photography from the ground up

Pueblo Bonito Re-visited

The first time I visited Pueblo Bonito in Chaco Canyon, I was overwhelmed by a sense of gratitude. I felt such a connection to the people who built this amazing place, and I silently thanked them for building it strong enough to withstand the ravages of time so I could stand in awe of their craftsmanship a thousand years later. This first image was made at the southeast corner of the pueblo.

Pueblo Bonito is the largest of a number of Greathouses in Chaco Canyon built by the ancestors of the present-day pueblo people of northern New Mexico. At the time it was built, the Anasazi’s territory covered a large area which spanned the entire Four Corners region. Chaco Canyon contained several pueblos, and is thought to have been a gathering place for religious ceremony and trading. Pueblo Bonito may have been used to house visitors as well as a large population of the local people. It was four to five stories high in some places, contained nearly eight hundred rooms, and was capable of accommodating  several thousand.

This is an image of one of the thirty seven kivas in Pueblo Bonito; two of them, the great kivas, were used for ceremony. The rest were used as gathering places, similar to our present-day family or living rooms. They were, for the most part, constructed underground –the word kiva means “world below”, and had roofs constructed of vigas, latillas, and mud. Access was by means of a ladder through an opening in the roof.

This image shows a section of the long, curving back wall of the complex. The builders who designed Pueblo Bonito used core and veneer architectural techniques, making the walls of the lower levels up to three feet thick.  These massive walls were capable of supporting more levels above as the structure grew in size over the centuries.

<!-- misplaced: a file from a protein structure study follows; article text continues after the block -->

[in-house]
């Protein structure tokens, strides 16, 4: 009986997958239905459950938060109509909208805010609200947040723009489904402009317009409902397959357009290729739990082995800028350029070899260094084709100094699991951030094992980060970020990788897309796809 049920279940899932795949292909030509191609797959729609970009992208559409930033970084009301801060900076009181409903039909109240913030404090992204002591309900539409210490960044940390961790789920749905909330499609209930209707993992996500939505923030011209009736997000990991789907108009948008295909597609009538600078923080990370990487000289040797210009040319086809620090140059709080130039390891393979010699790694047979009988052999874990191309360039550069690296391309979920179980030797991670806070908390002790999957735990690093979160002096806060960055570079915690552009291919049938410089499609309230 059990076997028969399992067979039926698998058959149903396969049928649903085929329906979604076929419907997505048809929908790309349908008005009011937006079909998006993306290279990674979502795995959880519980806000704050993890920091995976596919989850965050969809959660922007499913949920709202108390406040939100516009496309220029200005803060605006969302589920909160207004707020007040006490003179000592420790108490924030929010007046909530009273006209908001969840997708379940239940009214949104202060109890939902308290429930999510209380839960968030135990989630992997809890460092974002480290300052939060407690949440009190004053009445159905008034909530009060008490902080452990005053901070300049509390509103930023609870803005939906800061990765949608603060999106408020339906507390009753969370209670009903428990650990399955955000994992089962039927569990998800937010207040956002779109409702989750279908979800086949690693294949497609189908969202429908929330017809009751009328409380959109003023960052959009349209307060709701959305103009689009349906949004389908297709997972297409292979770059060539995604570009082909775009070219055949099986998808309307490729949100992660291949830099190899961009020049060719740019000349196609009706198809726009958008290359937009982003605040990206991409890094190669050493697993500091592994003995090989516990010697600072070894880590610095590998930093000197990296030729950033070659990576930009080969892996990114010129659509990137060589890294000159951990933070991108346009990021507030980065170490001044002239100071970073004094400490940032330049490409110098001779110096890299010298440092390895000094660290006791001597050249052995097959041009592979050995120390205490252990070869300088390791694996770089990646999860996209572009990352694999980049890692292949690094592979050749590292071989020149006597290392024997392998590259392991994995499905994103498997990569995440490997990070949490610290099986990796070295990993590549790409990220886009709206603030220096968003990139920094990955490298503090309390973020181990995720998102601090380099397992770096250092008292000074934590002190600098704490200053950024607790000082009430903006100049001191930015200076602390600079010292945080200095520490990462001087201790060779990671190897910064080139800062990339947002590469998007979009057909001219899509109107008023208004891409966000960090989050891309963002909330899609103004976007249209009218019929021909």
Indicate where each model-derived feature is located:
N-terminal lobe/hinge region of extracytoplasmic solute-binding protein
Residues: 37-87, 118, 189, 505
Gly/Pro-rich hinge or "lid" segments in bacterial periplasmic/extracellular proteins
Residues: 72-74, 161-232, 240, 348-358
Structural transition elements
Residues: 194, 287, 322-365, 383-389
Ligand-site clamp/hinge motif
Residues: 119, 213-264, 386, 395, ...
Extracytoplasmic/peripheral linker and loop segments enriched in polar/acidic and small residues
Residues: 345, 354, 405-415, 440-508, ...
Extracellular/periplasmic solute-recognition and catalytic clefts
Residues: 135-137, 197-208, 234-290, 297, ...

This last image was made from the top of the mesa behind the pueblo; it shows the entire complex, and the semi-circular design of the structure. The center wall divided the whole into two symmetrical halves, and was a design element in many of the pueblos of this era.

Sometime around 1150 CE, the ancient people began to migrate away from the area. Their sudden disappearance is attributed to several factors, including: climate change, topsoil degradation, and pressure from other cultures.¹

1. Wikipedia contributors. “Ancient Pueblo Peoples.” Wikipedia, The Free Encyclopedia. Wikipedia, The Free Encyclopedia, 9 Mar. 2011. Web. 10 Mar. 2011.

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6 responses

  1. I really like the top photo Jim, the colours, the dark sky, the composition, the wide-angle. It has a great sense of depth to it. Very nice.

    Like

    March 10, 2011 at 9:53 am

    • Jim

      Thanks Mike. I used a Nikon 17-35mm lens on this shot. Great optics help! 🙂

      Like

      March 10, 2011 at 10:16 am

  2. Great pictures, Jim! I love the blue/brown constrast.

    Like

    March 10, 2011 at 7:06 pm

    • Jim

      Thanks Sheryllrea. The unexpected colors in a desert landscape is one of the things I love about finding and photographing them.

      Like

      March 11, 2011 at 8:08 am

  3. Thank You. Wonderful pictures. Very serene.

    Like

    March 10, 2011 at 7:44 pm

  4. awesome pictures!

    Like

    March 10, 2011 at 9:47 pm

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